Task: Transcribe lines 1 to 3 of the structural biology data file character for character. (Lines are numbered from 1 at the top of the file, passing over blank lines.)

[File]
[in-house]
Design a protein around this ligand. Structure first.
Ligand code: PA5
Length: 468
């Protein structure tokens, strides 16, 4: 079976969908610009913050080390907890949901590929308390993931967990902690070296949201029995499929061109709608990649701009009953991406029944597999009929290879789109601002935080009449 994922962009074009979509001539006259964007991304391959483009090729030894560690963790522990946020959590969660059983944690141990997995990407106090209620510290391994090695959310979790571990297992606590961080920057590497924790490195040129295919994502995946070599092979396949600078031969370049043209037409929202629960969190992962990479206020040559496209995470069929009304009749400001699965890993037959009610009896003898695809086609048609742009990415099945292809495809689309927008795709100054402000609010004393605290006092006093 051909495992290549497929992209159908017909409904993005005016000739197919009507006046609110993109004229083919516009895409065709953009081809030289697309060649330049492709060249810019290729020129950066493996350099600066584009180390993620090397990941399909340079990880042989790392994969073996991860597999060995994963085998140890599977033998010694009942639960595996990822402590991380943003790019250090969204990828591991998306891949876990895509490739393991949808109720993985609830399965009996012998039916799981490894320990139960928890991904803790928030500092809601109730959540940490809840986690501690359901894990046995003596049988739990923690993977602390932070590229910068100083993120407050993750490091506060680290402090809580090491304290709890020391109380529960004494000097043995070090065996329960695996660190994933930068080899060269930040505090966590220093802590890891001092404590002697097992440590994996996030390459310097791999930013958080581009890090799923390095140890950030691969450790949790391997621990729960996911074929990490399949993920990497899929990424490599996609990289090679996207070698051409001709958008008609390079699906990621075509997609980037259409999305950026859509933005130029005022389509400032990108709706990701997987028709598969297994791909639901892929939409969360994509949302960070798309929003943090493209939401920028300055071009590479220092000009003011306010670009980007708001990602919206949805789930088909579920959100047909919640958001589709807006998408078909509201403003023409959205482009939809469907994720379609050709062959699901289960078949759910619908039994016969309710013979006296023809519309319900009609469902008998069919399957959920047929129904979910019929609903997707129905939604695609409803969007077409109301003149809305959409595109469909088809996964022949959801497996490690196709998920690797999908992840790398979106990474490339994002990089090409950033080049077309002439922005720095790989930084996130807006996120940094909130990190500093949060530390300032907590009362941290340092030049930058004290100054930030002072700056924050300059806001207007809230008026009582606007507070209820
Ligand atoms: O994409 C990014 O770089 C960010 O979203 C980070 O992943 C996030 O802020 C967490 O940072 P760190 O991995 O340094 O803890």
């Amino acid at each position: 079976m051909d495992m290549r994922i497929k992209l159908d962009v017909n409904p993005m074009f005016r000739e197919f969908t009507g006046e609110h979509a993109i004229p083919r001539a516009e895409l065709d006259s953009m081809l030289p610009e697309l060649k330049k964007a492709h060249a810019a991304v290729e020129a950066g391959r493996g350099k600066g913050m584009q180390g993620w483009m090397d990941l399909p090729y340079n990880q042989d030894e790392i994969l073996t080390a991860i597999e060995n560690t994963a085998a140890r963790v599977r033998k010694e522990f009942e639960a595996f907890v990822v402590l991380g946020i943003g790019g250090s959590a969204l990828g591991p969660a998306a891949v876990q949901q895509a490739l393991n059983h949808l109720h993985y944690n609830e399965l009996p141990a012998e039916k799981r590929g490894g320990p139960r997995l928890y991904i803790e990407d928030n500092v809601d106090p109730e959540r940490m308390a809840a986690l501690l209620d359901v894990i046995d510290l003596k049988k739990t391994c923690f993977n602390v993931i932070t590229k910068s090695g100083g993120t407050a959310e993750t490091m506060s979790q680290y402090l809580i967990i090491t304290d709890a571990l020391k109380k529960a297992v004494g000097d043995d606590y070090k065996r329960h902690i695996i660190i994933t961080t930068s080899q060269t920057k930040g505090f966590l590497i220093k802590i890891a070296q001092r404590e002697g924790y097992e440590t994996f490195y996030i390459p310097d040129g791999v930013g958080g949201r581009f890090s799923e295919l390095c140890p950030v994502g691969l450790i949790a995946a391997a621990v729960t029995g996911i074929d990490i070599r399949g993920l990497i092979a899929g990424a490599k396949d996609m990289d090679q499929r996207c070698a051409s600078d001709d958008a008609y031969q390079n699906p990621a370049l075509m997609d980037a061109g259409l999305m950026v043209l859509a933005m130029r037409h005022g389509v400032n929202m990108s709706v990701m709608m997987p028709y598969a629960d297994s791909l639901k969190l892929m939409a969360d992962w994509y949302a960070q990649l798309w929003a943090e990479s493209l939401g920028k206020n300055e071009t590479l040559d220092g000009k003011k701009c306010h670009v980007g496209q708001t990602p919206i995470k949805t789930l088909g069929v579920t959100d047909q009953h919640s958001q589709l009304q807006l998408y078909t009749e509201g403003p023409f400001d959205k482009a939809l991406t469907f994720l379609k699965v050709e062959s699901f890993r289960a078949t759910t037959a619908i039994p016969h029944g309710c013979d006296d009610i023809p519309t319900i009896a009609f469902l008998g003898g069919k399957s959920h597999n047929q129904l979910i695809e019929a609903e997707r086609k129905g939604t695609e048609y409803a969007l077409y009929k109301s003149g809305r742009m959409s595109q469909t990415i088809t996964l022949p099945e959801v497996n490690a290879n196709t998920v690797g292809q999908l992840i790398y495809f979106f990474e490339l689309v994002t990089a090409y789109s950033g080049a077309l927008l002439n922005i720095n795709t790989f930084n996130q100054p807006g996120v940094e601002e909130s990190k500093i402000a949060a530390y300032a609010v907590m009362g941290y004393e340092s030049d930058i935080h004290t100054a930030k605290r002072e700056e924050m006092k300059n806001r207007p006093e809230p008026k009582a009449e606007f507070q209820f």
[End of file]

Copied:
[in-house]
Design a protein around this ligand. Structure first.
Ligand code: PA5